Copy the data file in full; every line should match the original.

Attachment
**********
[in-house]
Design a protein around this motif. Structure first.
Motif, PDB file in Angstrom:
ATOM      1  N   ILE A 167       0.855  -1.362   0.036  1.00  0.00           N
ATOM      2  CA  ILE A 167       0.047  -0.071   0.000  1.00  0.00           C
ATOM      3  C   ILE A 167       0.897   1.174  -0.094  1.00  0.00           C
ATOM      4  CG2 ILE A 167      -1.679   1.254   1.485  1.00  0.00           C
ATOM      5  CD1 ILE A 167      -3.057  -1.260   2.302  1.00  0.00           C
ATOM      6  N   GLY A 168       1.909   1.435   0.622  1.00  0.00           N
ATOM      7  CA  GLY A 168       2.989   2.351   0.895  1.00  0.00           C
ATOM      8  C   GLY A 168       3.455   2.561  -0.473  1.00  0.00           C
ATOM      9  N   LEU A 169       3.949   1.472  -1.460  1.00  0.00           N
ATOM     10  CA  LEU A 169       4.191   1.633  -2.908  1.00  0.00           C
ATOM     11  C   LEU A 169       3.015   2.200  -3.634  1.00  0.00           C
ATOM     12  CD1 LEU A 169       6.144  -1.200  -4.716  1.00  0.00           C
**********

[in-house]
Design a protein around this motif. Structure first.
Motif, PDB file in Angstrom:
ATOM      1  N   ILE A 167       0.855  -1.362   0.036  1.00  0.00           N
ATOM      2  CA  ILE A 167       0.047  -0.071   0.000  1.00  0.00           C
ATOM      3  C   ILE A 167       0.897   1.174  -0.094  1.00  0.00           C
ATOM      4  CG2 ILE A 167      -1.679   1.254   1.485  1.00  0.00           C
ATOM      5  CD1 ILE A 167      -3.057  -1.260   2.302  1.00  0.00           C
ATOM      6  N   GLY A 168       1.909   1.435   0.622  1.00  0.00           N
ATOM      7  CA  GLY A 168       2.989   2.351   0.895  1.00  0.00           C
ATOM      8  C   GLY A 168       3.455   2.561  -0.473  1.00  0.00           C
ATOM      9  N   LEU A 169       3.949   1.472  -1.460  1.00  0.00           N
ATOM     10  CA  LEU A 169       4.191   1.633  -2.908  1.00  0.00           C
ATOM     11  C   LEU A 169       3.015   2.200  -3.634  1.00  0.00           C
ATOM     12  CD1 LEU A 169       6.144  -1.200  -4.716  1.00  0.00           C